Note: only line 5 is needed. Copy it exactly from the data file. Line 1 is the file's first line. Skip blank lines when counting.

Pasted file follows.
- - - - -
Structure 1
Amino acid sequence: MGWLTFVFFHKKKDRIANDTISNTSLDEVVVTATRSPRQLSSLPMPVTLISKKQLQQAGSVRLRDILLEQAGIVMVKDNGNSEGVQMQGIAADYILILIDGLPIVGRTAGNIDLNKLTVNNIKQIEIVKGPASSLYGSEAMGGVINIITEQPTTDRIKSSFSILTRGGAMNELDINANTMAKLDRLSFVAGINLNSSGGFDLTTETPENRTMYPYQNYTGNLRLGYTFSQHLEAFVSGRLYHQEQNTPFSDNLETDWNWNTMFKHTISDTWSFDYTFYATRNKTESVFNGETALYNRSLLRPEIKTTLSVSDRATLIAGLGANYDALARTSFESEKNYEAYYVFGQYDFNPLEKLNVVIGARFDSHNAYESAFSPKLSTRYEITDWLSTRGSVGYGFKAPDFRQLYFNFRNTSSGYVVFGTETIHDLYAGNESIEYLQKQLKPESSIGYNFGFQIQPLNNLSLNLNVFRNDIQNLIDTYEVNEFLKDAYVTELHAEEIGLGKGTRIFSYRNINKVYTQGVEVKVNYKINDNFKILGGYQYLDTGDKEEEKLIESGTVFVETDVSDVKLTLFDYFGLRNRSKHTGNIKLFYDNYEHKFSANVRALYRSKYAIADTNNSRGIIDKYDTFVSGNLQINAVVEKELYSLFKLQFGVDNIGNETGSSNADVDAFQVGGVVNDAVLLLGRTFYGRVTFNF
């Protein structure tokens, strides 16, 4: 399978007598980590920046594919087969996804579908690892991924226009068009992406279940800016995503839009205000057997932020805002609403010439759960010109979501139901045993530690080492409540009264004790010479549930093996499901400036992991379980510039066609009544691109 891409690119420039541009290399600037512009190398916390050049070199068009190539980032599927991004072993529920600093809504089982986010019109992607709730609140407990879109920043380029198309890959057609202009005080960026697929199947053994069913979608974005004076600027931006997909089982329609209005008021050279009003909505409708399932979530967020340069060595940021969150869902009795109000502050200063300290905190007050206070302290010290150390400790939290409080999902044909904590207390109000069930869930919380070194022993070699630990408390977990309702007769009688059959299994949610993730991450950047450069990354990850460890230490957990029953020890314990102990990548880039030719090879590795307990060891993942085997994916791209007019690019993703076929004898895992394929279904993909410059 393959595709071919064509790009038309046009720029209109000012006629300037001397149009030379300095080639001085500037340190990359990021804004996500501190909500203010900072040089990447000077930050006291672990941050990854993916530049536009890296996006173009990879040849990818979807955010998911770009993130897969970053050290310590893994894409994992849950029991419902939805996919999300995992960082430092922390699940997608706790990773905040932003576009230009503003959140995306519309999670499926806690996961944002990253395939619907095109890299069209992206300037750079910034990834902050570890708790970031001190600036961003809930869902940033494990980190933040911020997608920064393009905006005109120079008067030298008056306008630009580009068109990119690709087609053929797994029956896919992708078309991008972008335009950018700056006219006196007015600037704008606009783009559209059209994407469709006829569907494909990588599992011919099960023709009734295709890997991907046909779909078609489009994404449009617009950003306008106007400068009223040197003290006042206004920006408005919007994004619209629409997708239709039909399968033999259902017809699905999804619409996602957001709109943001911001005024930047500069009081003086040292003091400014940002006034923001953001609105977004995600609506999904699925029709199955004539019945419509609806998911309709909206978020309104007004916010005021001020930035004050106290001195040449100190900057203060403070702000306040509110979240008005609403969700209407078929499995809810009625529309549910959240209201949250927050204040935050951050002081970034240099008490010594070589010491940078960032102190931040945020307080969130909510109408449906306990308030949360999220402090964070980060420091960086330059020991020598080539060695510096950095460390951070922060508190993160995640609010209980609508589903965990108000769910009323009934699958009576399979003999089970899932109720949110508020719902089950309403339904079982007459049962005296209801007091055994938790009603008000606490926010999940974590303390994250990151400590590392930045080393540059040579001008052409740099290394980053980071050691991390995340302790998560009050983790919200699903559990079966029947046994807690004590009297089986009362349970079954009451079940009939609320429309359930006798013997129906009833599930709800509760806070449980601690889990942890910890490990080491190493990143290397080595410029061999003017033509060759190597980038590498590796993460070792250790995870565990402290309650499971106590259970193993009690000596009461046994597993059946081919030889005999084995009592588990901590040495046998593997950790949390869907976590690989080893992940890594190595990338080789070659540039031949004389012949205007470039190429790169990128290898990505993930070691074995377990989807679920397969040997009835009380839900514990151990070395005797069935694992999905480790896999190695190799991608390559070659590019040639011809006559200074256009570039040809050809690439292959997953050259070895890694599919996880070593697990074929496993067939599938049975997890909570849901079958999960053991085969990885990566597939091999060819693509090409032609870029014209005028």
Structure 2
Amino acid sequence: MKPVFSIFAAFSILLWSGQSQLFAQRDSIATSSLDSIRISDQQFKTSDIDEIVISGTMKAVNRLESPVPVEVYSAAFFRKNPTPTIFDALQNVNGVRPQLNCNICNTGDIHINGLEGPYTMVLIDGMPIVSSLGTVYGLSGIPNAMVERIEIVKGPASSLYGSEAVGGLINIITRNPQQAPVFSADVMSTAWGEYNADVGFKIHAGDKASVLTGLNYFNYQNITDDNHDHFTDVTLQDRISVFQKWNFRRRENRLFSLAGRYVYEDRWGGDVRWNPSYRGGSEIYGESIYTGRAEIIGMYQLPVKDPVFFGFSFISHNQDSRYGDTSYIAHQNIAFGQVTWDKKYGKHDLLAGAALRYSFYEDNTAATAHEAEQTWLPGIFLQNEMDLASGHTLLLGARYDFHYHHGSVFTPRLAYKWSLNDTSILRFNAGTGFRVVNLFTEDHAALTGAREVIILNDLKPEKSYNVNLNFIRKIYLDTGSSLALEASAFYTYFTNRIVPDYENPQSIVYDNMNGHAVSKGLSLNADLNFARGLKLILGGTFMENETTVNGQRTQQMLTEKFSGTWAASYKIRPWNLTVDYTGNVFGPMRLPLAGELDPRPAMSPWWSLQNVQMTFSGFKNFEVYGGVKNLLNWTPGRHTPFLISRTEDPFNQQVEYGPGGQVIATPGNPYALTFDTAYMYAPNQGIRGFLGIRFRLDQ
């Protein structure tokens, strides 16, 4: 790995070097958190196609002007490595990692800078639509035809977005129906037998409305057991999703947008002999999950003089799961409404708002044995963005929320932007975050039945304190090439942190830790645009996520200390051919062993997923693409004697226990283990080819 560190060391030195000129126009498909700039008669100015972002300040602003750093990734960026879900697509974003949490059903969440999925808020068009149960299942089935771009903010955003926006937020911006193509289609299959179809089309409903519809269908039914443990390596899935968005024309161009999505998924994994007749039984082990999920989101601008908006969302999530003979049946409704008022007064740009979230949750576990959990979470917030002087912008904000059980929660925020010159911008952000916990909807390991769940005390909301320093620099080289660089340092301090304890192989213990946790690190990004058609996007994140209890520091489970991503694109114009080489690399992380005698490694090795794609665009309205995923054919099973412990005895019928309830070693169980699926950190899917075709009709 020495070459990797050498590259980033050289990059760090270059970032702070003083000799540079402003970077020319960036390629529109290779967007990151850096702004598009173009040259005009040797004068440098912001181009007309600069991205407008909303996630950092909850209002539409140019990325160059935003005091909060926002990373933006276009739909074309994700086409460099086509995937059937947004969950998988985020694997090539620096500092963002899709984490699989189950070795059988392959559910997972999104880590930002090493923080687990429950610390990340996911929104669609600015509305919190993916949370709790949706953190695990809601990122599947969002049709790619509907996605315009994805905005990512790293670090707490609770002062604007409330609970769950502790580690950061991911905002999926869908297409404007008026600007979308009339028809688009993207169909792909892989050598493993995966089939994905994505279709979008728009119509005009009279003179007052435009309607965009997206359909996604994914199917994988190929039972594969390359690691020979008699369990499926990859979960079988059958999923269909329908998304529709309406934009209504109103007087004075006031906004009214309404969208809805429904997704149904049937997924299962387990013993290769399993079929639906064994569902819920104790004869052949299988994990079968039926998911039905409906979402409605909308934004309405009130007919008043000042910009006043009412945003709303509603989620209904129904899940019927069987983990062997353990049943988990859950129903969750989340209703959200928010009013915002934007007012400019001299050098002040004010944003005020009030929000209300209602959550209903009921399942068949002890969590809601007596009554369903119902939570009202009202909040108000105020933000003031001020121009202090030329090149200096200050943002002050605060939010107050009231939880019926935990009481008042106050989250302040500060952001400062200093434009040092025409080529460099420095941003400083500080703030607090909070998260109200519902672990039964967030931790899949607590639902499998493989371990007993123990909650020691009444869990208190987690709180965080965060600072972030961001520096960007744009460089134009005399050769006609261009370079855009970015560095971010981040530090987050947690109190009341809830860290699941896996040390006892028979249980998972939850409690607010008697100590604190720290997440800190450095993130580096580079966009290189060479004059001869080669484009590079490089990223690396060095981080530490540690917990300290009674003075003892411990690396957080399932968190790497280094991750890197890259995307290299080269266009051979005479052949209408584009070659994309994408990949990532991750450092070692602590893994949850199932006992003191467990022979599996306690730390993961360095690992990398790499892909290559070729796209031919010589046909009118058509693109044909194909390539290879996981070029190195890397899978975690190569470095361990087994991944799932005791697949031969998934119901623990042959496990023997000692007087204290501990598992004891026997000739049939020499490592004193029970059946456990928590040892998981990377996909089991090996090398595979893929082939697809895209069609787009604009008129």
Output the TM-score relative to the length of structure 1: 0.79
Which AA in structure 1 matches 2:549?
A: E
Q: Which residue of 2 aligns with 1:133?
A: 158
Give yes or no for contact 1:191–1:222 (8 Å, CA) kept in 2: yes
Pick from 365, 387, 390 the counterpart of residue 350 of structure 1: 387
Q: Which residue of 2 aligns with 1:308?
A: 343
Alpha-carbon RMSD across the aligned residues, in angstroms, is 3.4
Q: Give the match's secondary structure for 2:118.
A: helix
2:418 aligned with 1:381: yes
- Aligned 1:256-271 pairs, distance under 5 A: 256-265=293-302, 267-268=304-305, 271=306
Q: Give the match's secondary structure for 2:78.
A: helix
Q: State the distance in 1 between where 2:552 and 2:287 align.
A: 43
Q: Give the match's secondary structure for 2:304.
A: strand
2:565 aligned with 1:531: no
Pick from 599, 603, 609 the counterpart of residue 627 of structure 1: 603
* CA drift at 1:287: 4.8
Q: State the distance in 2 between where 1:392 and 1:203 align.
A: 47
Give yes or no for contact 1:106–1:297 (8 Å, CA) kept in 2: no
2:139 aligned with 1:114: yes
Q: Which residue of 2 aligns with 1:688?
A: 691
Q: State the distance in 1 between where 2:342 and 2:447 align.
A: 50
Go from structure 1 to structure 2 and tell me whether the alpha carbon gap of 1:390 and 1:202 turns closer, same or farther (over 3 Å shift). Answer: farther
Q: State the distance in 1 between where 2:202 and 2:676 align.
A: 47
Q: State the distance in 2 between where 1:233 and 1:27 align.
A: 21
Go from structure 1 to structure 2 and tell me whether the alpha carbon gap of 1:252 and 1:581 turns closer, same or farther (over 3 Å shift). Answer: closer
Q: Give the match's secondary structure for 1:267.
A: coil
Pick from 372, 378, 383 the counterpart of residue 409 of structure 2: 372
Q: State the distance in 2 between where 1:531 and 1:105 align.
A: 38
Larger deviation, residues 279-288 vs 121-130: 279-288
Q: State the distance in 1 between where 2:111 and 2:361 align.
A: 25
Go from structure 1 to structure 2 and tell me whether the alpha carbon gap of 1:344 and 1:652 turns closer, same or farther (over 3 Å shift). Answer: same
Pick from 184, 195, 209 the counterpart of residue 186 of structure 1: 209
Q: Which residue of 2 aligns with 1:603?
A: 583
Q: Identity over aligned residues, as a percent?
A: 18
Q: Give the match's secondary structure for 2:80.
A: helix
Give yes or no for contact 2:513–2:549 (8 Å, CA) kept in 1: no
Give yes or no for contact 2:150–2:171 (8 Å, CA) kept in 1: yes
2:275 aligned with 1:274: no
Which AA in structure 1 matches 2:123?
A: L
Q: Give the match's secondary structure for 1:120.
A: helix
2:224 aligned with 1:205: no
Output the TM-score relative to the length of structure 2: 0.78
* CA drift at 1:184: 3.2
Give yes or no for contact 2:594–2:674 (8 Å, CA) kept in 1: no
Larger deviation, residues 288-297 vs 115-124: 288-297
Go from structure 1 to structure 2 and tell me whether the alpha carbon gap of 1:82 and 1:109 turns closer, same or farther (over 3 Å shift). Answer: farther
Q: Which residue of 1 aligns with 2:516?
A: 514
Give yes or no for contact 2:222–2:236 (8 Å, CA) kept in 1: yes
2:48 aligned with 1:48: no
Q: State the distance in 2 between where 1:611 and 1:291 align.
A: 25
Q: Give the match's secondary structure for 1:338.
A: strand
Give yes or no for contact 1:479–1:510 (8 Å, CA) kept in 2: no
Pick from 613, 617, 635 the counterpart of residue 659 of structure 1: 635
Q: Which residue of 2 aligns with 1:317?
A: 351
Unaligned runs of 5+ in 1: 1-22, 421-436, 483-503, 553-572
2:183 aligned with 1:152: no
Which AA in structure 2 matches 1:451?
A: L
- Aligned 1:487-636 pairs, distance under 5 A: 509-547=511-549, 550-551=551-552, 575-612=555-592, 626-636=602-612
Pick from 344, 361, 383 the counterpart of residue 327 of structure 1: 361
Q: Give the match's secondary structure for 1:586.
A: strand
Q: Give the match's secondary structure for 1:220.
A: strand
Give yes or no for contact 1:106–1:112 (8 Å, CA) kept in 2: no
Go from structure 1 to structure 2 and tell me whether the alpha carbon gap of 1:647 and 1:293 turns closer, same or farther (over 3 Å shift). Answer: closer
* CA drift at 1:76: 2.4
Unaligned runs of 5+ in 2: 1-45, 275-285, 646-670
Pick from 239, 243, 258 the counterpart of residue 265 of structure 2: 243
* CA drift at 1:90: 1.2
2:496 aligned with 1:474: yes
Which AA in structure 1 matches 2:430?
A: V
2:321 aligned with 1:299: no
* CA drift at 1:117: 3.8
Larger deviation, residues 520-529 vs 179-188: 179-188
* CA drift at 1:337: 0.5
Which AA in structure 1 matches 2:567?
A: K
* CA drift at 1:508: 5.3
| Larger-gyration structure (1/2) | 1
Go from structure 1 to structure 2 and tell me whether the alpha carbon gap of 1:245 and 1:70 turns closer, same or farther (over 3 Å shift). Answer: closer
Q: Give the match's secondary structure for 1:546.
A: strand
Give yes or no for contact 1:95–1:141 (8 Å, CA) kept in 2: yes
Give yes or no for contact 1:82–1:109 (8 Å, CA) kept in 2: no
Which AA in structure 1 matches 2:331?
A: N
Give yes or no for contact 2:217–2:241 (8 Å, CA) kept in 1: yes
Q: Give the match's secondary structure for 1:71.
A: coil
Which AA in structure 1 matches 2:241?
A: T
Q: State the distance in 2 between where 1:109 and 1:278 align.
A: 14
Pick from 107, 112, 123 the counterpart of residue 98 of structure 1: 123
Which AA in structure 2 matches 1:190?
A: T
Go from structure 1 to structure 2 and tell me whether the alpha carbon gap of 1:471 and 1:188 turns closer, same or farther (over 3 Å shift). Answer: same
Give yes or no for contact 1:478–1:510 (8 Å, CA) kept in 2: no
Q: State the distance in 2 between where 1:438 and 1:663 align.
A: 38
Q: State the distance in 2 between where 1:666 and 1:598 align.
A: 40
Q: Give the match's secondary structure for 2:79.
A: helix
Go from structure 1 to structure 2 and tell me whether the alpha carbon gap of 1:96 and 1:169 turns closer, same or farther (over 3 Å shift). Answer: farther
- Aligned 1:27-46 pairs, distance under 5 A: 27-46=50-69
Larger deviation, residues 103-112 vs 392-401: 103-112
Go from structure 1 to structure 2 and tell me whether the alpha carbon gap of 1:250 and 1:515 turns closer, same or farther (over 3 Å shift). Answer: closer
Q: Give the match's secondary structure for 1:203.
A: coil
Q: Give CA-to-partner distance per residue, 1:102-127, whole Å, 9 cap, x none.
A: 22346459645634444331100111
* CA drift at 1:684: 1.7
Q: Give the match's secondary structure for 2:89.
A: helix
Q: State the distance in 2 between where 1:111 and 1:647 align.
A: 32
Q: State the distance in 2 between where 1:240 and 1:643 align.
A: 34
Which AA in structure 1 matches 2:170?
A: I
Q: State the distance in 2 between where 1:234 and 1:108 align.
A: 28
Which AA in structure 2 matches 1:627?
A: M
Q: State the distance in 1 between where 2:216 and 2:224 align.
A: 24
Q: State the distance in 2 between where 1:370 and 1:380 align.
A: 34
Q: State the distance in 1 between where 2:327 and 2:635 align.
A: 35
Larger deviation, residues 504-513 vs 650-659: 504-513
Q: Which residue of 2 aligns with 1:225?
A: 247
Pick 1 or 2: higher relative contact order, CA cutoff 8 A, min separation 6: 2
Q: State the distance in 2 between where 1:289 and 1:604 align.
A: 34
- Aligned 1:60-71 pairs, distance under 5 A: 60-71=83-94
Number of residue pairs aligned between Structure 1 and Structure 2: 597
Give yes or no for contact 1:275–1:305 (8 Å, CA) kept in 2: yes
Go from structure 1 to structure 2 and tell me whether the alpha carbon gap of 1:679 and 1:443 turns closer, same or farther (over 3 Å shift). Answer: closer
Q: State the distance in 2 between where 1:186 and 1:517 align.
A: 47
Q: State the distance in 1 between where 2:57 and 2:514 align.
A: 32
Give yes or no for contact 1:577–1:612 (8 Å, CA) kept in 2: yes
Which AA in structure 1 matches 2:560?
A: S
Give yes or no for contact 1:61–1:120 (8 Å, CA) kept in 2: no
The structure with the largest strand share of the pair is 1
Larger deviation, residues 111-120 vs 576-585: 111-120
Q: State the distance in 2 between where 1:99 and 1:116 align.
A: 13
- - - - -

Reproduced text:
Amino acid sequence: MKPVFSIFAAFSILLWSGQSQLFAQRDSIATSSLDSIRISDQQFKTSDIDEIVISGTMKAVNRLESPVPVEVYSAAFFRKNPTPTIFDALQNVNGVRPQLNCNICNTGDIHINGLEGPYTMVLIDGMPIVSSLGTVYGLSGIPNAMVERIEIVKGPASSLYGSEAVGGLINIITRNPQQAPVFSADVMSTAWGEYNADVGFKIHAGDKASVLTGLNYFNYQNITDDNHDHFTDVTLQDRISVFQKWNFRRRENRLFSLAGRYVYEDRWGGDVRWNPSYRGGSEIYGESIYTGRAEIIGMYQLPVKDPVFFGFSFISHNQDSRYGDTSYIAHQNIAFGQVTWDKKYGKHDLLAGAALRYSFYEDNTAATAHEAEQTWLPGIFLQNEMDLASGHTLLLGARYDFHYHHGSVFTPRLAYKWSLNDTSILRFNAGTGFRVVNLFTEDHAALTGAREVIILNDLKPEKSYNVNLNFIRKIYLDTGSSLALEASAFYTYFTNRIVPDYENPQSIVYDNMNGHAVSKGLSLNADLNFARGLKLILGGTFMENETTVNGQRTQQMLTEKFSGTWAASYKIRPWNLTVDYTGNVFGPMRLPLAGELDPRPAMSPWWSLQNVQMTFSGFKNFEVYGGVKNLLNWTPGRHTPFLISRTEDPFNQQVEYGPGGQVIATPGNPYALTFDTAYMYAPNQGIRGFLGIRFRLDQ